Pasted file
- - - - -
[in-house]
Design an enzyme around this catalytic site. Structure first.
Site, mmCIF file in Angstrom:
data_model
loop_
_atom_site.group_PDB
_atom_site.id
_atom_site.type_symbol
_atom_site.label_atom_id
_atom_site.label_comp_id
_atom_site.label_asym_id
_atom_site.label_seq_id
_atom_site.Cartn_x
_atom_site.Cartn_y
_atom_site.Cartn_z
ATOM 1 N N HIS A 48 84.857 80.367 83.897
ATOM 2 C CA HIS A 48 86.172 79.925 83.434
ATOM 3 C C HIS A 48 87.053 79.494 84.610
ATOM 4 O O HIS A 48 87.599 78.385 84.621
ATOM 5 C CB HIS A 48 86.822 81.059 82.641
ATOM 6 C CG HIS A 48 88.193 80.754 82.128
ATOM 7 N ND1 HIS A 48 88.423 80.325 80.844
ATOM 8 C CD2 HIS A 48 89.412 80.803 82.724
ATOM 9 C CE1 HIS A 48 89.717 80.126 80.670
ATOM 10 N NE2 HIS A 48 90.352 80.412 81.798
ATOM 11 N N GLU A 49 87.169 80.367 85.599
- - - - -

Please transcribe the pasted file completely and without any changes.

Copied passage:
[in-house]
Design an enzyme around this catalytic site. Structure first.
Site, mmCIF file in Angstrom:
data_model
loop_
_atom_site.group_PDB
_atom_site.id
_atom_site.type_symbol
_atom_site.label_atom_id
_atom_site.label_comp_id
_atom_site.label_asym_id
_atom_site.label_seq_id
_atom_site.Cartn_x
_atom_site.Cartn_y
_atom_site.Cartn_z
ATOM 1 N N HIS A 48 84.857 80.367 83.897
ATOM 2 C CA HIS A 48 86.172 79.925 83.434
ATOM 3 C C HIS A 48 87.053 79.494 84.610
ATOM 4 O O HIS A 48 87.599 78.385 84.621
ATOM 5 C CB HIS A 48 86.822 81.059 82.641
ATOM 6 C CG HIS A 48 88.193 80.754 82.128
ATOM 7 N ND1 HIS A 48 88.423 80.325 80.844
ATOM 8 C CD2 HIS A 48 89.412 80.803 82.724
ATOM 9 C CE1 HIS A 48 89.717 80.126 80.670
ATOM 10 N NE2 HIS A 48 90.352 80.412 81.798
ATOM 11 N N GLU A 49 87.169 80.367 85.599